Frederick Christian II, Duke of Schleswig-Holstein-Sonderburg-Augustenburg

Frederick Christian II, Duke of Schleswig-Holstein-Sonderburg-Augustenburg (28 September 1765 in Augustenburg – 14 June 1814 in Augustenburg) was a Danish prince and feudal magnate. He held the island of Als and some other castles (such as Sonderborg) in Schleswig.

Frederick Christian II was born the eldest son of Frederick Christian I, Duke of Schleswig-Holstein-Sonderburg-Augustenburg (1721–1794), by his wife and cousin Princess Charlotte of Schleswig-Holstein-Sonderburg-Plön (1744–1770). Until his father's death, he was styled "Hereditary Prince of Augustenborg".

He was a prince with an exceptionally high level of Danish blood in his ancestry: his maternal grandmother, paternal grandmother, and paternal great-grandmother having been born, respectively, Countess of Reventlow, Countess of Danneskiold-Samsøe, and Countess of Ahlefeldt-Langeland. He was closely related to all important families of the Danish high nobility of the time. The negative side was that his ancestry was rather too much "comital" and too little royal. Instead of including royal princesses and duchesses of small and large German states, as was customary with the Oldenburg royal family, their marriage connections had been mostly with the nobility (chiefly of Denmark). Thus, although they were undoubtedly the senior cadet line of the royal house of Denmark (Oldenburg), the family was regarded as a bit lower than the Ebenbürtige which the rulers of small Germany principalities thought to be the standard.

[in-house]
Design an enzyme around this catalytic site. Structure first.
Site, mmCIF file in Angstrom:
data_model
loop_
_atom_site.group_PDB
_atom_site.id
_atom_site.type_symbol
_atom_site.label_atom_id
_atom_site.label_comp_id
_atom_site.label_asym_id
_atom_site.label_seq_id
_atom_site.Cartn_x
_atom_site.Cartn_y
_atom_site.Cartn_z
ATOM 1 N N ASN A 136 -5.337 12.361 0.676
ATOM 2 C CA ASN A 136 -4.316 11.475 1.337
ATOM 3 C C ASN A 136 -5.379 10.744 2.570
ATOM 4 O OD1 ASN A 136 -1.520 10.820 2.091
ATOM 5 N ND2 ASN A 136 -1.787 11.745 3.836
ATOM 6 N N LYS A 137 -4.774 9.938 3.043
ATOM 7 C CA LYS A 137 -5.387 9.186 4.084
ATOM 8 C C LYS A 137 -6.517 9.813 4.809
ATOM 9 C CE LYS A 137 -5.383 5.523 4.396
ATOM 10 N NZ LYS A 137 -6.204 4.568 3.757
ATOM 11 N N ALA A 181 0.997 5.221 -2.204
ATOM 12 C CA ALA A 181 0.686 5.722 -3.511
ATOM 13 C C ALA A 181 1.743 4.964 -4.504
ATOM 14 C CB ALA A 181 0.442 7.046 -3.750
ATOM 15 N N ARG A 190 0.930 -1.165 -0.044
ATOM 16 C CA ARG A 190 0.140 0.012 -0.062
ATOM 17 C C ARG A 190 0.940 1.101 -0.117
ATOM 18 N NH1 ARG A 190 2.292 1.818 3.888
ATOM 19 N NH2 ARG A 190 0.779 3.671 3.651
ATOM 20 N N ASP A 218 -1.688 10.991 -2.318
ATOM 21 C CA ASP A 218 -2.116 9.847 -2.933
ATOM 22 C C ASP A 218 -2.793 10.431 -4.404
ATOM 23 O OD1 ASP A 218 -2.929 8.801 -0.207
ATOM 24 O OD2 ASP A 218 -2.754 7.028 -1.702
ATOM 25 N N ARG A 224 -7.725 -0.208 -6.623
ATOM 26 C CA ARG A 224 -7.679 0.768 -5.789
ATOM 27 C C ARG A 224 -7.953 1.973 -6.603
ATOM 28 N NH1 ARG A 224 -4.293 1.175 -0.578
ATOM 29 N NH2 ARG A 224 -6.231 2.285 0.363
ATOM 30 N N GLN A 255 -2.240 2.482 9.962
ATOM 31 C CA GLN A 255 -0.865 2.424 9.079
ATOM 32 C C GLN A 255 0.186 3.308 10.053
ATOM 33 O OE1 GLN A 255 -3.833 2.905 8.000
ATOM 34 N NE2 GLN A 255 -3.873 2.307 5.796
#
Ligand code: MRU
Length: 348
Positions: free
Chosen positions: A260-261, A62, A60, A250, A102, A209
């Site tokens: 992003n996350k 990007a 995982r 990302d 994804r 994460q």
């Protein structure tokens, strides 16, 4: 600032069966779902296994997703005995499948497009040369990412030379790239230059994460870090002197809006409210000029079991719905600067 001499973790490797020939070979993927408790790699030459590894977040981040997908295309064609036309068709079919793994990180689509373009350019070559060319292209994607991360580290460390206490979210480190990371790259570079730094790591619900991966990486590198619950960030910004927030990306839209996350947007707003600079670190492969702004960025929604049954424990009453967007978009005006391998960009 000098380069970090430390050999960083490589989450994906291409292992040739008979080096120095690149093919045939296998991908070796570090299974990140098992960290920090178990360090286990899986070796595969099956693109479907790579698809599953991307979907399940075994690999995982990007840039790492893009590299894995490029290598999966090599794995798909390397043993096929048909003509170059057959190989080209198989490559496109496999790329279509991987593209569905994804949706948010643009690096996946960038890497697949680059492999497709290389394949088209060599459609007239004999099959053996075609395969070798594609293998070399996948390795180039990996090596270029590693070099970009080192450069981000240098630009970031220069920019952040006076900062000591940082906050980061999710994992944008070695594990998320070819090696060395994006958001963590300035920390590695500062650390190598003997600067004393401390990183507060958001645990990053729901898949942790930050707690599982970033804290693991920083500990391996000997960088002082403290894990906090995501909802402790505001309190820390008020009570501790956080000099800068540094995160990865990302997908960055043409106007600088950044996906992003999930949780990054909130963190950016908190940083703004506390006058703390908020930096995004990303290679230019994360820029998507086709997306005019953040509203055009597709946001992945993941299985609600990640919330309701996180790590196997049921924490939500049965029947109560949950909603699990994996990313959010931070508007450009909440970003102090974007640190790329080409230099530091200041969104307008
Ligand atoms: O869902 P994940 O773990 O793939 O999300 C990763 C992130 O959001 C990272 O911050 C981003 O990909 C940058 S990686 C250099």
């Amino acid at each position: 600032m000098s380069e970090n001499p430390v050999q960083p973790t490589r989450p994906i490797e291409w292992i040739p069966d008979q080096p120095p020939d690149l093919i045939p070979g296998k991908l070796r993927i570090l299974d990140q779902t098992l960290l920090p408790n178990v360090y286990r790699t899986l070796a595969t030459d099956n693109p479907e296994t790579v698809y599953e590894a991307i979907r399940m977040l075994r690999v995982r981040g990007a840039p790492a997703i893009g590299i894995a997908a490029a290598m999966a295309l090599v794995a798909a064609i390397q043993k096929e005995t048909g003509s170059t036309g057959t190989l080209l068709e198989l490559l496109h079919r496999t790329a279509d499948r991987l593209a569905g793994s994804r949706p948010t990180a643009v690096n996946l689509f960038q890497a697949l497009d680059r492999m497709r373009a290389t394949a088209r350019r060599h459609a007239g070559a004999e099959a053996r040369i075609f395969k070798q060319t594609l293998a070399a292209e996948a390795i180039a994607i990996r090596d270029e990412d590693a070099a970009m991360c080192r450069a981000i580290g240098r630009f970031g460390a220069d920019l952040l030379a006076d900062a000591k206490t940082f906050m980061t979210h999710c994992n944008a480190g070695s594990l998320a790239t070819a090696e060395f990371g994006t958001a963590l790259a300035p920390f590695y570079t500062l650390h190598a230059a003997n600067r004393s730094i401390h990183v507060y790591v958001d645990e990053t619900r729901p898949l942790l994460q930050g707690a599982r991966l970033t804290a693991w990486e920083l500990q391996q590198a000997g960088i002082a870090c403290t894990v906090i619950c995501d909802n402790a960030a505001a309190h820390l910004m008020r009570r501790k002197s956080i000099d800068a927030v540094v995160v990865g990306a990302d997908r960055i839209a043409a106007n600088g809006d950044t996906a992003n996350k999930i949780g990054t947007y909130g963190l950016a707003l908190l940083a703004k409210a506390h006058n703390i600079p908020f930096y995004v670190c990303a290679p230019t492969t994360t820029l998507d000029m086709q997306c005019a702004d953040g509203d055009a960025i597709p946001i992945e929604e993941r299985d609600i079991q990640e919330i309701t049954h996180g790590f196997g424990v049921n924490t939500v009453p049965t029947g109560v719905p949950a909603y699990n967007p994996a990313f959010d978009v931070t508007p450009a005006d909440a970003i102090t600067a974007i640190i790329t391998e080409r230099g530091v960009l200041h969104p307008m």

By marriage, however, Frederick Christian drew closer to his cousins, the Danish royal family. In 1786, the twenty-year-old hereditary prince married his distant cousin, the fourteen-year-old Louise Auguste of Denmark and Norway (1771–1843), purported daughter of Christian VII of Denmark by his wife, the late Queen Caroline Mathilde. Louise Auguste's father, the king, was a man with mental disabilities and, throughout his reign, effective control was in the hands of other people (ranging from his step-mother to his wife to his half-brother to various courtiers). The king's mental condition, and his unharmonious relationship with his wife, gave rise to speculation that Louise had been sired by someone other than him, and rumour awarded fatherhood to Johann Friedrich Struensee, the king’s court physician and de facto regent of the country at the time of Louise's birth. Indeed, she was at times referred to as la petite Struensee. The truth of the matter cannot be definitely ascertained.